This guest blog was written by Kimberly Castro, Program Manager in Microsoft's Cloud + AI division. She shares about her career journey transitioning from the military into in the world of mixed reality as part of our Humans of Mixed Reality series.
I knew I wanted to be a part of Mixed Reality the first time I heard about it. I had just finished my interview loop with Microsoft when I heard that one more team wanted to talk to me before leaving. Shortly after, which actually felt like an eternity due to interview nerves, I was in a focus room with Miguel Sussffalich. After a few questions, he started telling me everything he could about the IVAS program.
Admittedly I was late to the game. I had never put on a VR/AR/MR headset, never heard of the HoloLens, and if I'm completely honest, I'd never used a Microsoft product aside from the Office Suite. You see, I grew up in an Apple household. You're probably wondering how someone like me even managed to land an interview at Microsoft in the first place, especially coming from a rather non-traditional tech background.
After graduating from the University of Arizona in 2013, I enlisted in the Army as a Linguist. I spent the next two years learning Mandarin Chinese and eventually found myself in the Special Operations Command working Intelligence, Surveillance, and Reconnaissance (ISR) missions. After one more year, I started doing similar work at the NSA. At that point, I started seeing myself in a government contractor position once fulfilling my enlistment contract. It would've been an incredibly natural and easy transition to make. Not a whole year had passed when the Army said it was time for me to move again – my 7th move in 5 years. I was extremely frustrated to have to pack up my life and travel across the country again, but I had always wanted to spend time in the Pacific Northwest – and it ended up being my best move yet.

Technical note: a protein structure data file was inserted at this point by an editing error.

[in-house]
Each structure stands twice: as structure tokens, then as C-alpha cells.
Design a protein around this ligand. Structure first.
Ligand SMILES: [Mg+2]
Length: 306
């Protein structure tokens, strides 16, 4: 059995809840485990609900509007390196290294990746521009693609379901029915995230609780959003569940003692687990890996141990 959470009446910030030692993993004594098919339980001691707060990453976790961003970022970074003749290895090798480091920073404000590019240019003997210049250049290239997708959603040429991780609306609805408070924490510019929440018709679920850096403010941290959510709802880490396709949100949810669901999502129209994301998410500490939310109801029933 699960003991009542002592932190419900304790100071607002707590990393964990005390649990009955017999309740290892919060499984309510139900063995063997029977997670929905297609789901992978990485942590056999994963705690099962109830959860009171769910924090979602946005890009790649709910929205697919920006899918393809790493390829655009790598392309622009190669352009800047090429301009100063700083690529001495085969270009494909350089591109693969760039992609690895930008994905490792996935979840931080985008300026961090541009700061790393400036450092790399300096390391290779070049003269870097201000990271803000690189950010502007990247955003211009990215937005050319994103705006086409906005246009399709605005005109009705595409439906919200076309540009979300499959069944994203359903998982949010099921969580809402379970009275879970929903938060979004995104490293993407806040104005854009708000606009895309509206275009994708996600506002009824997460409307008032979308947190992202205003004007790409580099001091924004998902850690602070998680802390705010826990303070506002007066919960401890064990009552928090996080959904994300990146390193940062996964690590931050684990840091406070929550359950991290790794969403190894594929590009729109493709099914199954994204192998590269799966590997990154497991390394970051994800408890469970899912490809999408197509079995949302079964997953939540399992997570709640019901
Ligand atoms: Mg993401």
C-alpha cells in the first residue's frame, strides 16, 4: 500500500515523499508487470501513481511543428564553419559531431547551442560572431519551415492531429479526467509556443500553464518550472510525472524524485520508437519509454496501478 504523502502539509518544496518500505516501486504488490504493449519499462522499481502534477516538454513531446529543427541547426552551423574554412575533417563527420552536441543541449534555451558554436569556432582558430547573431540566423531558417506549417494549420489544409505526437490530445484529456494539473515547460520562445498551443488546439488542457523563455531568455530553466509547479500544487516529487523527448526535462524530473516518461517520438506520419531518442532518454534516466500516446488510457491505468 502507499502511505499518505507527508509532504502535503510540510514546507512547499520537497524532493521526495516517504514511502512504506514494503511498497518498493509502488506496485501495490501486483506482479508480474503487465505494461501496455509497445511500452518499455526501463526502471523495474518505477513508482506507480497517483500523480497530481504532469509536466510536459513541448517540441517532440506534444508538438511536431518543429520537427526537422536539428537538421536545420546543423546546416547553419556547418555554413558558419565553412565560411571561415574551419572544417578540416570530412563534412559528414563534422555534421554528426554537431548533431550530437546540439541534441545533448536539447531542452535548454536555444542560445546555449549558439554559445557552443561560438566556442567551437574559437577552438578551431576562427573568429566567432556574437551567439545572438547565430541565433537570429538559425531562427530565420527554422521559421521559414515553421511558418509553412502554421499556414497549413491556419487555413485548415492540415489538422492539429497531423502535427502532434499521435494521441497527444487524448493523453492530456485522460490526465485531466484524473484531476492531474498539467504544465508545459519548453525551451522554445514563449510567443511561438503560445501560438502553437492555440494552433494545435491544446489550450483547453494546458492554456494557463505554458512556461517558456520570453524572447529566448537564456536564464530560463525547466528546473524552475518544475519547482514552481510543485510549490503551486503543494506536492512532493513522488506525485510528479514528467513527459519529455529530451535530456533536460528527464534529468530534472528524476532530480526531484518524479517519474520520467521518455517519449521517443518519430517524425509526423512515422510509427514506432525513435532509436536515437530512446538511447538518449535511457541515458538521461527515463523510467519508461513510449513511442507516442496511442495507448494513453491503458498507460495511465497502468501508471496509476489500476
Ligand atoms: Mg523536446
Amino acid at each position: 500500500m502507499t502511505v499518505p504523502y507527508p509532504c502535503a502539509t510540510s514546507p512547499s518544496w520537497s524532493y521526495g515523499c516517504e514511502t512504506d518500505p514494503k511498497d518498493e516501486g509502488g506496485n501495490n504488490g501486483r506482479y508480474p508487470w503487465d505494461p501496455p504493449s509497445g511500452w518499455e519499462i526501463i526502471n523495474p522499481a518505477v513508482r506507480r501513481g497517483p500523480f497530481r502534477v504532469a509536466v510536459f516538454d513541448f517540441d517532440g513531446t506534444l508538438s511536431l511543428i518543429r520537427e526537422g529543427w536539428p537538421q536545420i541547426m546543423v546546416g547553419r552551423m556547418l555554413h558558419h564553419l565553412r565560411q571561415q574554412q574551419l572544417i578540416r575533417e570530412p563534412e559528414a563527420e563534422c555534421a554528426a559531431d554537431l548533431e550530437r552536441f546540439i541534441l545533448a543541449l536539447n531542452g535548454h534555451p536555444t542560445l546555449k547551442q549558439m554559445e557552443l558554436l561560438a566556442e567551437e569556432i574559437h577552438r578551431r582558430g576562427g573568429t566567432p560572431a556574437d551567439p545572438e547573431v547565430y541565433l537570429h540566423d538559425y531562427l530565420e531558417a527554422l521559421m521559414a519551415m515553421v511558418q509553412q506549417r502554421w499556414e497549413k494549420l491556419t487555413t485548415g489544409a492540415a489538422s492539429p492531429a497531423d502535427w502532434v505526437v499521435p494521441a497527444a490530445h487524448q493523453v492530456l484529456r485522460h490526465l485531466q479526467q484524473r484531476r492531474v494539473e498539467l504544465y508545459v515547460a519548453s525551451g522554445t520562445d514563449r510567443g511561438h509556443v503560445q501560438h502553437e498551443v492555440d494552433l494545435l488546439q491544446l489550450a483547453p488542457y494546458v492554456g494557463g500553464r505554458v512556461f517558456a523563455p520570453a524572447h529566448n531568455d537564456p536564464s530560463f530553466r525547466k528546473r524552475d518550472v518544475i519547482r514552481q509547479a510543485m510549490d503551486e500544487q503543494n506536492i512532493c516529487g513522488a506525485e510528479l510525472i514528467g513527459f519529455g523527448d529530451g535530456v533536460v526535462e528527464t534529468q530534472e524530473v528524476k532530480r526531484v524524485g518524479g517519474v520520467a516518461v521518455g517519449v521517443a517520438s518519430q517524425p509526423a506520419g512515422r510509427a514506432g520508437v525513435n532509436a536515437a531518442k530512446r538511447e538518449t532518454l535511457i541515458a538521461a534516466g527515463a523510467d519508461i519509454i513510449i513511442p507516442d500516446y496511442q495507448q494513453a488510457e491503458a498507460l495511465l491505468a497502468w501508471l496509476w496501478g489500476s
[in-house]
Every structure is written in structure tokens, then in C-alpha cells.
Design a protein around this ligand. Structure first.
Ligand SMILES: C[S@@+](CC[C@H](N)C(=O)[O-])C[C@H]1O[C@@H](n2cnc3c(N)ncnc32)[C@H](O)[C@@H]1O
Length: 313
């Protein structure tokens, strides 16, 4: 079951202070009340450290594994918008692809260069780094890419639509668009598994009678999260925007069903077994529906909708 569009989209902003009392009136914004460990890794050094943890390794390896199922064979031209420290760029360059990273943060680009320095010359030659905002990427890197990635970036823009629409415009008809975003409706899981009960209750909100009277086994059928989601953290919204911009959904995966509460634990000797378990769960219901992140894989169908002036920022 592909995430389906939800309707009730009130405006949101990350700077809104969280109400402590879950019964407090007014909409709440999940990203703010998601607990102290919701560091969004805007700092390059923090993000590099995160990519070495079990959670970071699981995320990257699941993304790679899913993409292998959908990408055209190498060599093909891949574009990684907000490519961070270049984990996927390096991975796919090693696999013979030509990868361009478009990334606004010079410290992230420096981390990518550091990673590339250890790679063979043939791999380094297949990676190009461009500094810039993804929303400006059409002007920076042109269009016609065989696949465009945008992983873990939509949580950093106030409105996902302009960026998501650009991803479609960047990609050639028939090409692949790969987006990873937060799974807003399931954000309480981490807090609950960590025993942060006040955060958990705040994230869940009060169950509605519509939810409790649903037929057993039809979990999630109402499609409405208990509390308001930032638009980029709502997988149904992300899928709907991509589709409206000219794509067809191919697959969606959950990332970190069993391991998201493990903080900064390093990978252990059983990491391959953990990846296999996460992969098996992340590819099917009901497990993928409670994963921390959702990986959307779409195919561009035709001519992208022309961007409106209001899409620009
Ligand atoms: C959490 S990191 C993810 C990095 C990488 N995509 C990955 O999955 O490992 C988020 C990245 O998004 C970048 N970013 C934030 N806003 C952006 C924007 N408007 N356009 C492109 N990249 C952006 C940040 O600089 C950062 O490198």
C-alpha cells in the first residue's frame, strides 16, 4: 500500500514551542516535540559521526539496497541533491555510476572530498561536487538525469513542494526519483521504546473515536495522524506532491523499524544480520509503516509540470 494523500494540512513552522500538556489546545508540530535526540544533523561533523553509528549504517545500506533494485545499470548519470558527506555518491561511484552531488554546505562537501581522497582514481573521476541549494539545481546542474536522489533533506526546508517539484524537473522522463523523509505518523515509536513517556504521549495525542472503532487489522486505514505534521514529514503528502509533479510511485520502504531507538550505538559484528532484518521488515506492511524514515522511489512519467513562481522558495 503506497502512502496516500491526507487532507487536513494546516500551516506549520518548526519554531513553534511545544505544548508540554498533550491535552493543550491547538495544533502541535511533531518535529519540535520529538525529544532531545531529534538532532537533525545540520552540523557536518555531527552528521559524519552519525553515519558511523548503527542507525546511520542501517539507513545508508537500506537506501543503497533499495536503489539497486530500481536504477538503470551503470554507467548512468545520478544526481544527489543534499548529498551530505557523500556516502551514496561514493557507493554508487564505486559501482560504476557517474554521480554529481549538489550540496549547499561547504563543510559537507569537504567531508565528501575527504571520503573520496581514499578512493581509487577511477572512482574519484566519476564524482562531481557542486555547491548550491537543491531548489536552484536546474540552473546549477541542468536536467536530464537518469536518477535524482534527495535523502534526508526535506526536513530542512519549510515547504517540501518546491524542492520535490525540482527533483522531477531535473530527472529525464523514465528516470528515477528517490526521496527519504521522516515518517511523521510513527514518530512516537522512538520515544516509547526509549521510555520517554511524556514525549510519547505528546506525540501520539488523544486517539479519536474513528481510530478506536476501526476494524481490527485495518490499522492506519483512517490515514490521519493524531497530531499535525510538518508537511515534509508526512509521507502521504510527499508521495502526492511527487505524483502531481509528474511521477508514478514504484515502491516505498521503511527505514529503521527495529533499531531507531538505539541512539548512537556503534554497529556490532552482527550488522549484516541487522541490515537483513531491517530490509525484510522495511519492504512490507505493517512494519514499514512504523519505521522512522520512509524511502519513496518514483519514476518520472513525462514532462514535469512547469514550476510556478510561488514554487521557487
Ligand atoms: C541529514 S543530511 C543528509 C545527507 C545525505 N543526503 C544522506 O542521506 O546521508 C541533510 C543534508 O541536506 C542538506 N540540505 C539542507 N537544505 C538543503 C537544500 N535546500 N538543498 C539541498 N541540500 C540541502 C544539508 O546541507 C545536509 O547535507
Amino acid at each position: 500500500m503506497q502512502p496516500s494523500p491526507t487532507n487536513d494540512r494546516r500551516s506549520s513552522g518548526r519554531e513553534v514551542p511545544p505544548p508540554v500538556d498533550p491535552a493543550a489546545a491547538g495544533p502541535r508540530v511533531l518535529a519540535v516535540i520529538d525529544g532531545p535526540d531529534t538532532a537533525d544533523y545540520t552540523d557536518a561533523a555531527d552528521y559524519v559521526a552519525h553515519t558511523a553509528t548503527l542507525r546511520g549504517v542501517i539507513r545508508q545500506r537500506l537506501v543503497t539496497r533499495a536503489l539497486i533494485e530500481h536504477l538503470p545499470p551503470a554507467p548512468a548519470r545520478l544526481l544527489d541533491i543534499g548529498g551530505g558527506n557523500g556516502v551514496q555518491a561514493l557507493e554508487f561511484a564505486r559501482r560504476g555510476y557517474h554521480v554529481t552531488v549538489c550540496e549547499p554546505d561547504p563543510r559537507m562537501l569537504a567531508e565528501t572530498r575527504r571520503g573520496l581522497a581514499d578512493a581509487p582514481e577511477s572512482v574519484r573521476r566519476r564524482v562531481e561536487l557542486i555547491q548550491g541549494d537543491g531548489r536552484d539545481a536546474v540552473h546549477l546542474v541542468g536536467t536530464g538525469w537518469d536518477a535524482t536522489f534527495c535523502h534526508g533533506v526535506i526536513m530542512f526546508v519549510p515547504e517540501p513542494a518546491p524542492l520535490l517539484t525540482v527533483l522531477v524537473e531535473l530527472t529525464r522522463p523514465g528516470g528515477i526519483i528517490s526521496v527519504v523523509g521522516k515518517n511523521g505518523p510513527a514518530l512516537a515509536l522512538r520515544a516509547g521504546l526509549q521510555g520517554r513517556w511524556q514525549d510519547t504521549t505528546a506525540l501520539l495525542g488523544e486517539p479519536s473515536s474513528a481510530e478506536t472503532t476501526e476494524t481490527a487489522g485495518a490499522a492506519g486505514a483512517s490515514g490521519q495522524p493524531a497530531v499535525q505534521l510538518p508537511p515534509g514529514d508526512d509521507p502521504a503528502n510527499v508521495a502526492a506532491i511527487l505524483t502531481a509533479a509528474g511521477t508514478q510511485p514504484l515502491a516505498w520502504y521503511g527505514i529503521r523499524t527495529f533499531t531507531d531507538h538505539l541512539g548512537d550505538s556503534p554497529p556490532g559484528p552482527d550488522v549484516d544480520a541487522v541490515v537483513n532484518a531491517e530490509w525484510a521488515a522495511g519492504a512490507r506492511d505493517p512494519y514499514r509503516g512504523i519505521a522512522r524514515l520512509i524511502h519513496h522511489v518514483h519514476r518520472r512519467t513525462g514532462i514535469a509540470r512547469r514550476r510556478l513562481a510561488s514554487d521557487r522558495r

As the end of my contract was nearing, I received approval to participate in the Microsoft Software and Systems Academy (MSSA), a transition program for active duty military and veterans, which is essentially a C# bootcamp. Upon completing MSSA you are guaranteed a first-round interview in the form of a phone screening with Microsoft. I did well enough at the first round to be invited back to participate in a full interview loop.